It is generally more favourable to have received the payment and face the possibility of being pursued by a liquidator in the future, rather than being an ordinary unsecured creditor in the liquidation process.

Frequently asked question

Can you take legal action against a company in liquidation?

Yes, you take legal action against a company in liquidation. However, there are many hurdles to cross when a company enters voluntary liquidation that can make it difficult to get your claim heard and processed. As a result, it is often not a commercially worthwhile pursuit.


In conclusion, bringing a claim and suing a company in voluntary liquidation requires careful consideration of the legal and practical implications. While restrictions may exist on initiating or continuing legal proceedings, there are circumstances where a claim can still be pursued, such as proprietary claims against the company’s assets.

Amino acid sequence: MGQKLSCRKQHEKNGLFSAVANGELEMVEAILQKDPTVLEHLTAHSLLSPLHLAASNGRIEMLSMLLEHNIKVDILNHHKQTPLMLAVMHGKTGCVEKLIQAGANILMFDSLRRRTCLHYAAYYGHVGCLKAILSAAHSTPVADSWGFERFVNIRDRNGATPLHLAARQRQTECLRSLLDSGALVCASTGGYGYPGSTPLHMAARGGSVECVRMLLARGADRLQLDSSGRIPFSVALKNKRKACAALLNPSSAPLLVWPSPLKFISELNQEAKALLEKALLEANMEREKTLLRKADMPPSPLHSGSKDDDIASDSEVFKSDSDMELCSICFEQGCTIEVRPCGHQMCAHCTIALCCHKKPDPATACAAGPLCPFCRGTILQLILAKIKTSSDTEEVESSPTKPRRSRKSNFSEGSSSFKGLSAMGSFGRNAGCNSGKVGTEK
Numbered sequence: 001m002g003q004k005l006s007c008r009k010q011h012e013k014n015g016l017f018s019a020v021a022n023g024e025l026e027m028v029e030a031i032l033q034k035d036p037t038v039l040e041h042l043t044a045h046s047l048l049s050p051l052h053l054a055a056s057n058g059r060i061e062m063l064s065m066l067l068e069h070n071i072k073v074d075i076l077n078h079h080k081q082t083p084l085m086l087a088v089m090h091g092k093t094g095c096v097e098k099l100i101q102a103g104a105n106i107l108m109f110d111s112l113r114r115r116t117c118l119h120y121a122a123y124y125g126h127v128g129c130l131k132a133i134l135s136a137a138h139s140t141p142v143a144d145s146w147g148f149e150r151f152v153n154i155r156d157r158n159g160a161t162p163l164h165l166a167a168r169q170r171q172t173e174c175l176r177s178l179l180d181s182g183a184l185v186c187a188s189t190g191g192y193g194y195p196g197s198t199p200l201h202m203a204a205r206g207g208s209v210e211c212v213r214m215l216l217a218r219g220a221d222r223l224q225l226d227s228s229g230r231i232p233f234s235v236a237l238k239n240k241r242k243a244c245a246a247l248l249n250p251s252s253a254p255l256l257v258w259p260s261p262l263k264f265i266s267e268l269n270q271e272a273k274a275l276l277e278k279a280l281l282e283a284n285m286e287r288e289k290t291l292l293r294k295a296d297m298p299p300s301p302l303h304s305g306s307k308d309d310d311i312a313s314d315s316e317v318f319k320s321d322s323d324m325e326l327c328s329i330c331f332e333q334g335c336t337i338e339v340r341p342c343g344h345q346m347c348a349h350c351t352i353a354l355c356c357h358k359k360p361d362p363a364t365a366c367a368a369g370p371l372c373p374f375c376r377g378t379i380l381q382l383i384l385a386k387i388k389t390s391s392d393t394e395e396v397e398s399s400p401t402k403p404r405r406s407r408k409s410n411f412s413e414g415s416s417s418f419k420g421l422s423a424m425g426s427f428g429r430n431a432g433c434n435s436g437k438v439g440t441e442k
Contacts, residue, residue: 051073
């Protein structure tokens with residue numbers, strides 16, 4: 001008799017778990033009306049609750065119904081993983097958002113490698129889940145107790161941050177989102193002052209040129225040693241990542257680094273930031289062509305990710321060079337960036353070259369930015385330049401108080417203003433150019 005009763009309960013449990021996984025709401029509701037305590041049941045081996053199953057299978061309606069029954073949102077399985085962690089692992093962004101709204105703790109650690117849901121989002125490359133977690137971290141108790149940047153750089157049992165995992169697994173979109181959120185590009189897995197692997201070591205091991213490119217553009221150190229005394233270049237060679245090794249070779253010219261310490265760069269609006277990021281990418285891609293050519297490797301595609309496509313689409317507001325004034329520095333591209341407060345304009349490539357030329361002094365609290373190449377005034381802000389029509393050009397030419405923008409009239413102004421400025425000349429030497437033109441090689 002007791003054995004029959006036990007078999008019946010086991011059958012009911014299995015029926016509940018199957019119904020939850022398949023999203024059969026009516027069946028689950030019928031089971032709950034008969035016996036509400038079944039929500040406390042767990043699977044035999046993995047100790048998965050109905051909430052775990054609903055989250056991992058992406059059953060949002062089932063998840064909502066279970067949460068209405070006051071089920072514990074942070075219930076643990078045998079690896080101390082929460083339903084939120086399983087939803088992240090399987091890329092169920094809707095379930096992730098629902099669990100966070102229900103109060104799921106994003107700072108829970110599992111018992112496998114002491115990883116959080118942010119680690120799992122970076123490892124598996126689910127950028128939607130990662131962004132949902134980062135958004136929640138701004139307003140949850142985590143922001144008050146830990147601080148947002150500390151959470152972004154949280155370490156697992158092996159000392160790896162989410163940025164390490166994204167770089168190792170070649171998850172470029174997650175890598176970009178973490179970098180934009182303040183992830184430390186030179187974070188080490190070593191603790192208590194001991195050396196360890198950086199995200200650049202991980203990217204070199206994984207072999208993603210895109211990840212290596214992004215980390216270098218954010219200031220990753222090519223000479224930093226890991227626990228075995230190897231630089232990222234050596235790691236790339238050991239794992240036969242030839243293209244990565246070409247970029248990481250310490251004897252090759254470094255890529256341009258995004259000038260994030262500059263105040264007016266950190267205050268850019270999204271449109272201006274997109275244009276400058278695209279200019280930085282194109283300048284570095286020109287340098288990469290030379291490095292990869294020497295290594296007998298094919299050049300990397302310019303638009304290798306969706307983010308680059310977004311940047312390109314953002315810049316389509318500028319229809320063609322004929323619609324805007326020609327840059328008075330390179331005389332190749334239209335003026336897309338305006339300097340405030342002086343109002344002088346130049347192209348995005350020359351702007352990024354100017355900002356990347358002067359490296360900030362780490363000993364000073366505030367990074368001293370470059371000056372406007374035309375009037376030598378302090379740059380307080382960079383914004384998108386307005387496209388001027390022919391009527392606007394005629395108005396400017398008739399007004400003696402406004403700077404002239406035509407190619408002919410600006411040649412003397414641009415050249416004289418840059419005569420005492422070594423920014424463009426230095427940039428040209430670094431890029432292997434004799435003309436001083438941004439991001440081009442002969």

It is crucial for claimants to assess the potential benefits and drawbacks, including the likelihood of recovering their debts, considering the limited assets available for distribution.

Seeking professional legal advice is essential to navigate the complexities of voluntary liquidation and determine the best course of action.

Ultimately, understanding the legal framework and weighing the economic and strategic factors will help claimants make informed decisions when contemplating legal action against a company in voluntary liquidation.

Simply complete the online enquiry form and one of our team will make contact if you will to make a claim against an insolvent company.

Steve Jones Profile
Insolvency & Restructuring Expert at Business Insolvency Helpline

With over three decades of experience in the business and turnaround sector, Steve Jones is one of the founders of Business Insolvency Helpline. With specialist knowledge of Insolvency, Liquidations, Administration, Pre-packs, CVA, MVL, Restructuring Advice and Company investment.